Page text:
There have been moments during the last week or so when I had grave doubts as to whether I should see tomorrow'. Compiled from the almost daily letters home and a diary written in the immediate aftermath of the First World War, We are all Flourishing is a remarkable first-hand account of one man's service during 1914-19. Walter Coats was an officer with the 9th Highland Light Infantry (Glasgow Highlanders) - one of the first territorial battalions dispatched to the Western Front. Anticipation builds from mobilisation in August 1914, through intensive training in and around Dunfermline, up to eventual embarkation for France the following November. Sent into action, Walter describes winter days and nights in open trenches equipped with kilts and ordinary-issue footwear. As battalion machine gun officer, he participated in the Battles of Neuve-Chapelle, Loos and Arras; the Third Battle of Ypres and the Somme - notably at High Wood in July 1916, where the Highlanders were almost wiped out, losing over 800 men killed, wounded and missing. In between the big battles and line-holding in less active sectors, we hear tales of ordinary trench routine, training, sudden movements, billeting expeditions, billets and interactions with the local populace. Walter's story is also one of amusing anecdotes, descriptions of wartime entertainments and humorous verse that reflects how morale was maintained in times of unrelenting terror and occasional boredom. In 1917, torn between battalion loyalty and a promise to his family to take on 'safer' employment, Walter is transferred to 100th Infantry Brigade Staff - his subsequent experience providing rare insights into a staff captain's life and responsibilities. This part of his account also sheds new light on the mid-level command administration of the British Expeditionary Force and the consequent daily challenges that, more often than not, affected the life-or-death situations encountered on the battlefield. While Walter's life was still fraught with personal danger and narrow escapes, his kindness and consideration to officers and men, love of family and dry sense of humour continue to shine through. Walter's story is illustrated with an impressive array of images and maps. Compiled and edited by his great-nephew, Jan Chojecki - and co-edited by military historian Michael LoCicero - We are all Flourishing is a comprehensive and moving work offering new and unique insights into life at the sharp end of conflict and on the Home front. Foreword by Alexander McCall Smith and dust jacket cover based on the painting "Across the Field" by Kurt Jackson. 'Walter Coats emerges from this narrative as one of the key chroniclers of the First World War: his letters home read as freshly as they would have done when his family received them all those years ago. Shorn of hysterics or heroics Coats simply recorded what his battalion was experiencing and in so doing he reveals how he and his fellow Glasgow Highlanders responded to the peculiar miseries and excitements of life on the Western Front. A more genuine and even-handed account would be difficult to find.' --Trevor Royle, member of the Scottish Government s advisory panel for commemorating the First World War and author of Flowers of the Forest: Scotland and the First World War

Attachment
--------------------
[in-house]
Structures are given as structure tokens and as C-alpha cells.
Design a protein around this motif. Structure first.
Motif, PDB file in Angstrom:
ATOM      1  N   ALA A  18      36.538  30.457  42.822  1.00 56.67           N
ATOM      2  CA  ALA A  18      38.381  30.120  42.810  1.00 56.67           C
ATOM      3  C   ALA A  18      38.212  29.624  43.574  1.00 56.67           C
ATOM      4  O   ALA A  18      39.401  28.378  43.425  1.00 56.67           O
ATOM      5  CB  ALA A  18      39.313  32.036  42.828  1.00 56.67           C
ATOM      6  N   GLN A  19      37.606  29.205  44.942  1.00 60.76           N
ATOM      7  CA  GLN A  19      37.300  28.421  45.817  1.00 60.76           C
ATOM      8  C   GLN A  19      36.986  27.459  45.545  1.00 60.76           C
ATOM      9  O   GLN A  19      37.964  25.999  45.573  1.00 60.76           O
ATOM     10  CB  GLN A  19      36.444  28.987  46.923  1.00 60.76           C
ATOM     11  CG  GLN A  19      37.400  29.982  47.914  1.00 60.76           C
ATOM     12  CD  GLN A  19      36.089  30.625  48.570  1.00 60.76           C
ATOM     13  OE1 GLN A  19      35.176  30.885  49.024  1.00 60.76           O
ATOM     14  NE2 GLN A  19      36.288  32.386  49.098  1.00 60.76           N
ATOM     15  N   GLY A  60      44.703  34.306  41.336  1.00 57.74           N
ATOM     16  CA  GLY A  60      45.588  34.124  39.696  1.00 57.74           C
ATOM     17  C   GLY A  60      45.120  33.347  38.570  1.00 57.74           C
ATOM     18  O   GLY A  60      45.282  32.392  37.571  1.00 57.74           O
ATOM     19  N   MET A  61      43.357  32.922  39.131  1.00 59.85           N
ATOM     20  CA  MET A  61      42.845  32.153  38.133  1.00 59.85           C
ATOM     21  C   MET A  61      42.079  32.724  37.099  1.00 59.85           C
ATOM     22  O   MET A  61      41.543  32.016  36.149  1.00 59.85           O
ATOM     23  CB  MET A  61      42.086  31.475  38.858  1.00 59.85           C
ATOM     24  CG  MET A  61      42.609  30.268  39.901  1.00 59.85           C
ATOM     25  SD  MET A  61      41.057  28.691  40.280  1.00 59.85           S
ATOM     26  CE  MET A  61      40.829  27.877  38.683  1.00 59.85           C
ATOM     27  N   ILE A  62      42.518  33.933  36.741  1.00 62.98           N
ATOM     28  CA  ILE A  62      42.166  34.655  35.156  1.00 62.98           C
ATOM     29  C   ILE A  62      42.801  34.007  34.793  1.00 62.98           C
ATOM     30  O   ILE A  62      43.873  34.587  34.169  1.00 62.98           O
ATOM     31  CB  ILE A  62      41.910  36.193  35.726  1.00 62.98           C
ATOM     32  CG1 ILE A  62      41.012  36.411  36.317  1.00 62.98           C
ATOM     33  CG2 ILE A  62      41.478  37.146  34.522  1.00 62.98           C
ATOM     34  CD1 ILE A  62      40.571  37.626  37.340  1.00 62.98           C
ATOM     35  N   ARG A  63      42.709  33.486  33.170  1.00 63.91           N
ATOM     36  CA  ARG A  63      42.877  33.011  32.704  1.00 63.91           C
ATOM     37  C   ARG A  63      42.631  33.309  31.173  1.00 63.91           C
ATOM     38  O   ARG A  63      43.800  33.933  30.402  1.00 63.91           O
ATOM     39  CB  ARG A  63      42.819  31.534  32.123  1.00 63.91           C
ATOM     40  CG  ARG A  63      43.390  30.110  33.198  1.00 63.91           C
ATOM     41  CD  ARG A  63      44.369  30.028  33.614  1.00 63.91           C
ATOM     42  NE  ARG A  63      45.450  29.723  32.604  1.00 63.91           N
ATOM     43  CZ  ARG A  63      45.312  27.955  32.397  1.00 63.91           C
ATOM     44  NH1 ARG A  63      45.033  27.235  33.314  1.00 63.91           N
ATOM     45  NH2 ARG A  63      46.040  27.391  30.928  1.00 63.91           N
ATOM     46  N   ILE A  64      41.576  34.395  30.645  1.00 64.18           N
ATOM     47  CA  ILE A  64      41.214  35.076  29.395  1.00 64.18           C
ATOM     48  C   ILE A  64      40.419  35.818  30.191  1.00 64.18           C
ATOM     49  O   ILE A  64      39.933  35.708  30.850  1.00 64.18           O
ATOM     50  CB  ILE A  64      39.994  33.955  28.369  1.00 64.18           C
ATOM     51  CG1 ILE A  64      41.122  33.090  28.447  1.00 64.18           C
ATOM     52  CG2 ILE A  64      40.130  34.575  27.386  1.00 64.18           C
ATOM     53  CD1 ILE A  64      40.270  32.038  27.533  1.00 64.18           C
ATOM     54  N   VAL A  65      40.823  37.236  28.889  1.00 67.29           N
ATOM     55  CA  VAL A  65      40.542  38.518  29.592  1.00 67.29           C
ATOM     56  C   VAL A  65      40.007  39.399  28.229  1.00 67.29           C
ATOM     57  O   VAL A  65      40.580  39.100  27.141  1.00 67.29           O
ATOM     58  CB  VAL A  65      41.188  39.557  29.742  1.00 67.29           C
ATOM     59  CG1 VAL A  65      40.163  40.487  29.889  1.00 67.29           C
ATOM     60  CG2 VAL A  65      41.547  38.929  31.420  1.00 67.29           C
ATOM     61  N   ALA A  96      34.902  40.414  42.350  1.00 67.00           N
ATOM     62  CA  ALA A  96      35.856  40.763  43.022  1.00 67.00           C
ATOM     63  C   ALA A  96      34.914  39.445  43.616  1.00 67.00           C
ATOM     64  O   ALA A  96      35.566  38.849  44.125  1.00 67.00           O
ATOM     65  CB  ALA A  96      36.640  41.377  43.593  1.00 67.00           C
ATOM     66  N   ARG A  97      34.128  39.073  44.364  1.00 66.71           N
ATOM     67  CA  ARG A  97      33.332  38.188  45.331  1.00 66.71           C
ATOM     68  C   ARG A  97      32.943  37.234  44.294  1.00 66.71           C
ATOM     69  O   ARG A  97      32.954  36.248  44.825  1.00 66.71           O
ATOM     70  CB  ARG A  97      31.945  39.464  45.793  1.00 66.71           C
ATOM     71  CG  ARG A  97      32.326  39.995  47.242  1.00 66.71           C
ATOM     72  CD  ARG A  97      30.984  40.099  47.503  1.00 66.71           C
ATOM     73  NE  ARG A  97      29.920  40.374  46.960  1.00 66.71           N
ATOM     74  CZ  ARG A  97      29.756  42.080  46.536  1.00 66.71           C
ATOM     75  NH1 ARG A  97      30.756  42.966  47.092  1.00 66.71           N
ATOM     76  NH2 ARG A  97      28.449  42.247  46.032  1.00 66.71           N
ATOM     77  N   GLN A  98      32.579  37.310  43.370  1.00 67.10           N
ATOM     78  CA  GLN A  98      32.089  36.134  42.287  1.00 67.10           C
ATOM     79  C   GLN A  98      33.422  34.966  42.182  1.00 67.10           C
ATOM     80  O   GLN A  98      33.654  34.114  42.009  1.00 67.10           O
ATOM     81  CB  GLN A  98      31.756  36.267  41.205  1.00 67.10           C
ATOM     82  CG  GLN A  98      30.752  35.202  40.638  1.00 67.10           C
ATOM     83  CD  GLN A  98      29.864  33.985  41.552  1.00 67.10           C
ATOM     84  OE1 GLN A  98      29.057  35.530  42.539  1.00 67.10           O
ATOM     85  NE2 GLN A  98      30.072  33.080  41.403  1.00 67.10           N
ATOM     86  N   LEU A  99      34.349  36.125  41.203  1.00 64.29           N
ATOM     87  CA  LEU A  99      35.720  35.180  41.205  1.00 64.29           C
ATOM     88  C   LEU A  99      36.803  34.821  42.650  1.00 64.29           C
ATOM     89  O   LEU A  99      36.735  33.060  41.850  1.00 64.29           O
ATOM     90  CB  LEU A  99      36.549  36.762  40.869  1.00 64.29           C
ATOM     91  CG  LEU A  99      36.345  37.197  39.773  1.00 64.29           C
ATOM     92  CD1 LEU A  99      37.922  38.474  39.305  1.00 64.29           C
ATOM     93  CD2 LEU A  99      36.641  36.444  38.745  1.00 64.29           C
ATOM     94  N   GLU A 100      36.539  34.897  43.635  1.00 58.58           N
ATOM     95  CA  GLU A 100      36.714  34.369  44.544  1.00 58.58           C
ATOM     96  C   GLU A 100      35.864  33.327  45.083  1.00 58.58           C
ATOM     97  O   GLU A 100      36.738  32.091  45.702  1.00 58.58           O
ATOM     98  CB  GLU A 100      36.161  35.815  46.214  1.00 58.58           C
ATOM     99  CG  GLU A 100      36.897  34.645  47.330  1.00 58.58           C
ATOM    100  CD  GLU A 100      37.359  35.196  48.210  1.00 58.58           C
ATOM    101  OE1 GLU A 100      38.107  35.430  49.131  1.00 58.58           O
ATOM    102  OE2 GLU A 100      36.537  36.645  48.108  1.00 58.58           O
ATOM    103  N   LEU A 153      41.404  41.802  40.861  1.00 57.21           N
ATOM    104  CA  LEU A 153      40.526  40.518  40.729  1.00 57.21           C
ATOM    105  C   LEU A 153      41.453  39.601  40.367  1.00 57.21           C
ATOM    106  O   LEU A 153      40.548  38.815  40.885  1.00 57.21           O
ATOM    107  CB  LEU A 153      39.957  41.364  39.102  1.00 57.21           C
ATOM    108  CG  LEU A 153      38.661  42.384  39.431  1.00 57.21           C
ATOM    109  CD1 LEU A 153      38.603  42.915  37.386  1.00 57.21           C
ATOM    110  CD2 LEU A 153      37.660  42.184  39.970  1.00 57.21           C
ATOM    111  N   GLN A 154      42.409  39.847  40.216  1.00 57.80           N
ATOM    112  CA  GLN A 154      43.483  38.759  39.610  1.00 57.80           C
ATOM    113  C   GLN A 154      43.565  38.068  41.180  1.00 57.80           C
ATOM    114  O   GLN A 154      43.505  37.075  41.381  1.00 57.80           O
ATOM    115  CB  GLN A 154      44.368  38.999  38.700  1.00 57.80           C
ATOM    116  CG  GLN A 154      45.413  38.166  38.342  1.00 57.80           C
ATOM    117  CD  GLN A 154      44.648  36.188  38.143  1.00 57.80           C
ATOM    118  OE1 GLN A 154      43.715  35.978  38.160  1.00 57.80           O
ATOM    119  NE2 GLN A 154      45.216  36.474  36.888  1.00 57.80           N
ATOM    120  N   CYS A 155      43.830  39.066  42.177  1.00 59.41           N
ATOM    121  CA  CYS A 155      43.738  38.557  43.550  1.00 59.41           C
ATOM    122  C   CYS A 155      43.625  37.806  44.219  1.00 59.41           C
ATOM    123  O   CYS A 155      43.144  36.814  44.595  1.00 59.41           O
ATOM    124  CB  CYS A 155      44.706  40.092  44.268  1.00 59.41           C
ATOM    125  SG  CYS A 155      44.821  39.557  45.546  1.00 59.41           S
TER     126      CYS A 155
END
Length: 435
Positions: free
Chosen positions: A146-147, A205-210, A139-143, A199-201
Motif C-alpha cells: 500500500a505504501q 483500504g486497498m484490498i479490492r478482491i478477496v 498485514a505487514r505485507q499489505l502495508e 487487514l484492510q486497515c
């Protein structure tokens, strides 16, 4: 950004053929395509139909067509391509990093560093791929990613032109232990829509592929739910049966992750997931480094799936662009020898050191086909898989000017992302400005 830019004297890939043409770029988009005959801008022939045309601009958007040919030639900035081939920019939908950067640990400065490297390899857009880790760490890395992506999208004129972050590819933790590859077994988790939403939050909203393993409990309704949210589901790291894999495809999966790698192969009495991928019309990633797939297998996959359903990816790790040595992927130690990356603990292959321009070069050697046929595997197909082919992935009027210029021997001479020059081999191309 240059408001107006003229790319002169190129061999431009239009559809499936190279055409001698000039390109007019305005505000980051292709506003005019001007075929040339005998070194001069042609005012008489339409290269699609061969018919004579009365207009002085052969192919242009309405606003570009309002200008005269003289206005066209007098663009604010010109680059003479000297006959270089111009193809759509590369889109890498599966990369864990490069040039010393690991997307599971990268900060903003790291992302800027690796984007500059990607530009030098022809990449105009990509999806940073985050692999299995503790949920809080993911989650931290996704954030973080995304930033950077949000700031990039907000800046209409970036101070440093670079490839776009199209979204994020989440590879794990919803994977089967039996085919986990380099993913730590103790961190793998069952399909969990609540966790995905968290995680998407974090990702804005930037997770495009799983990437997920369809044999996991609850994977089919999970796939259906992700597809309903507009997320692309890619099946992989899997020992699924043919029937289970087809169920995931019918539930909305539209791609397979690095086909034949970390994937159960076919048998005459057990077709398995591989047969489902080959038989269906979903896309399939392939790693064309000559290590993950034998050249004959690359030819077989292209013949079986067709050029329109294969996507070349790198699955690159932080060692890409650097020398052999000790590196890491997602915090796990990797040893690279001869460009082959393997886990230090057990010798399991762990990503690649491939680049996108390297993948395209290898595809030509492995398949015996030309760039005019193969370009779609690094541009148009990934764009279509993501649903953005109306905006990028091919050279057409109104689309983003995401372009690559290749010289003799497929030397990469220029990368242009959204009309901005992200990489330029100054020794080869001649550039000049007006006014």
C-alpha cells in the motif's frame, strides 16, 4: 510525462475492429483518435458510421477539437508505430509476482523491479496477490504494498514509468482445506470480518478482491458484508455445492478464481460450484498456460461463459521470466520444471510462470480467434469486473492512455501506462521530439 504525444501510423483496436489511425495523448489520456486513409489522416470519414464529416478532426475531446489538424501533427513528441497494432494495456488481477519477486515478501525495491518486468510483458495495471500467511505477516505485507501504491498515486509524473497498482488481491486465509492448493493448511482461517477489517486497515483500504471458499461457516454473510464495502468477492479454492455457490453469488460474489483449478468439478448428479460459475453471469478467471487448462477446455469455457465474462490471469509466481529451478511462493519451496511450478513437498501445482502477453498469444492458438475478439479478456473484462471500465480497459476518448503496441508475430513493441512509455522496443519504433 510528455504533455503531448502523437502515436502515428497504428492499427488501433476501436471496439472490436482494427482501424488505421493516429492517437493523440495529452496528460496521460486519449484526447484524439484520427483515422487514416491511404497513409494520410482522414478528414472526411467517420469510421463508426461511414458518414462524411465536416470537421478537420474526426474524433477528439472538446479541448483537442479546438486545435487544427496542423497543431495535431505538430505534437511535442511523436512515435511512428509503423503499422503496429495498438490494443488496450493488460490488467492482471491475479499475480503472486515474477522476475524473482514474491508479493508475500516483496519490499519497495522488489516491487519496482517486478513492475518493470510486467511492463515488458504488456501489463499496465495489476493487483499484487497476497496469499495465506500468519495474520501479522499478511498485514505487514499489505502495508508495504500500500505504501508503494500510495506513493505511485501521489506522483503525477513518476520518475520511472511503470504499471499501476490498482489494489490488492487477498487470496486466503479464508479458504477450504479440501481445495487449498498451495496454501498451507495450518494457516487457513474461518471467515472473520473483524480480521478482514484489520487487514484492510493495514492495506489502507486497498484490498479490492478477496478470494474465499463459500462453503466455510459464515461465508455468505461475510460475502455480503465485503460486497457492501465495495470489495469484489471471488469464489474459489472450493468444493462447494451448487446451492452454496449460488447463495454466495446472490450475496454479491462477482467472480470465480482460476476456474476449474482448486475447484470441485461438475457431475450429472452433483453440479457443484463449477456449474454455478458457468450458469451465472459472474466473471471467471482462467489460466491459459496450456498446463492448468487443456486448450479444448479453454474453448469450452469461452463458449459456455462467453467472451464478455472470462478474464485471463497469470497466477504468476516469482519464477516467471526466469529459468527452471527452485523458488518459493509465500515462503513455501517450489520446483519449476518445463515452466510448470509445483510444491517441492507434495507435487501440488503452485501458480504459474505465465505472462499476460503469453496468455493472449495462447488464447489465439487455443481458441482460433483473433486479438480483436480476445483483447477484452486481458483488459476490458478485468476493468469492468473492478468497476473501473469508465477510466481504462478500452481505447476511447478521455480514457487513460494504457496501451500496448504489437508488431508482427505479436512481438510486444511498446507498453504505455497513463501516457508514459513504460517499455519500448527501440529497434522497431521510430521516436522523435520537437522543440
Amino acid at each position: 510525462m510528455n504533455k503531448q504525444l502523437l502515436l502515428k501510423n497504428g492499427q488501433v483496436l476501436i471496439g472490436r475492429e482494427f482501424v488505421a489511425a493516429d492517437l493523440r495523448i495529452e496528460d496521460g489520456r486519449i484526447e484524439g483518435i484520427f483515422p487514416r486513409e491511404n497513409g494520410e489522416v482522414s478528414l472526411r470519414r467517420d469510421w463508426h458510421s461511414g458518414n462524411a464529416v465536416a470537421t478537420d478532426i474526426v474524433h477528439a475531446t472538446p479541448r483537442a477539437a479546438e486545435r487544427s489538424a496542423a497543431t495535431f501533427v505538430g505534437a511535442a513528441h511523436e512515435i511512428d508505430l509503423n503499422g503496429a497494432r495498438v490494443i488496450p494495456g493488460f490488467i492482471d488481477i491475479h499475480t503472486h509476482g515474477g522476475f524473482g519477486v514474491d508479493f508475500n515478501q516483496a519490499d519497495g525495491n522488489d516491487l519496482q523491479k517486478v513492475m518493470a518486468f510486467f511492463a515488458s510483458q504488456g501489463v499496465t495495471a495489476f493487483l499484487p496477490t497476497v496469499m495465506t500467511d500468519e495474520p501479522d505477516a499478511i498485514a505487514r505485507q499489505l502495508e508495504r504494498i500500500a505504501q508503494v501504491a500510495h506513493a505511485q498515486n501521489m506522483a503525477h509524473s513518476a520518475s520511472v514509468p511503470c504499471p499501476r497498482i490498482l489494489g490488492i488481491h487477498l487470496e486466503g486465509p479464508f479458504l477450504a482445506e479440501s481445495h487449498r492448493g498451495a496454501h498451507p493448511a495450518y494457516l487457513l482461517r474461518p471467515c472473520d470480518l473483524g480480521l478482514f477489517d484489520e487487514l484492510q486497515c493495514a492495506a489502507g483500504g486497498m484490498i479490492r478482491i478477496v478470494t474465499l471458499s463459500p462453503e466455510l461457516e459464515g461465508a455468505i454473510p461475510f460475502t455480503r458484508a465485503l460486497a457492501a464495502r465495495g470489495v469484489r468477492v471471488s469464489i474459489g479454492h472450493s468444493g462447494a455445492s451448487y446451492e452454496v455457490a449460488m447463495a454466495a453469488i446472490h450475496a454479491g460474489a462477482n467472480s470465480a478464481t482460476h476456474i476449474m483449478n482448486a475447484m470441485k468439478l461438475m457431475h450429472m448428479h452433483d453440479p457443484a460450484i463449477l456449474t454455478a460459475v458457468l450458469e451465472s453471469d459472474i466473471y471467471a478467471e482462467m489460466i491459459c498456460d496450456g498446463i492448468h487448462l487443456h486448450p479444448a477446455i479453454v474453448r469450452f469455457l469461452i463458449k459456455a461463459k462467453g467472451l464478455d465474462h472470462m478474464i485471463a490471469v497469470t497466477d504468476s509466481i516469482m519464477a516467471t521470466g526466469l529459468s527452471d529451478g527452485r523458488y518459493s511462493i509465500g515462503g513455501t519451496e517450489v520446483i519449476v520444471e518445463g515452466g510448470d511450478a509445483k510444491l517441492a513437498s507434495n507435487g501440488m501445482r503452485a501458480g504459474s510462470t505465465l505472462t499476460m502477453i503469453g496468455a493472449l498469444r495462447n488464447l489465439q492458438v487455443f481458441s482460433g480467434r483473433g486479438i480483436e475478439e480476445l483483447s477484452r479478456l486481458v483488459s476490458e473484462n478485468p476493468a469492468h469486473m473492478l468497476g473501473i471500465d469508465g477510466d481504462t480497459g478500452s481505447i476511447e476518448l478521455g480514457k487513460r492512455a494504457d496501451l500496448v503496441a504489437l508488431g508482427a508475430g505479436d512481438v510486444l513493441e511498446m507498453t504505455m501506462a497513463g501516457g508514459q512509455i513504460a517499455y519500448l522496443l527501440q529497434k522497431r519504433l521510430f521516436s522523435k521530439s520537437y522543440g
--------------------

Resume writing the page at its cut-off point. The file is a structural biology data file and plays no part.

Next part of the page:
Quantity
Quantity
€35.00
105 Reward Points
In stock online
Delivery 5-7 Days
Eligible for free delivery

Any purchases for more than €10 are eligible for free delivery anywhere in the UK or Ireland!

Quantity
Quantity

Product Details

ISBN - 9781911096399
Format -
Publisher -
Published - 15/10/2016
Categories - All, Books, History and Politics, History Books, Biography Historical, All, Books, History and Politics, History Books, World War I
No. of Pages - 360
Weight - 952
Edition -
Series - - Not Available
Page Size - 24
Language - en-US
Readership Age - Not Available
Table of Contents - Not Available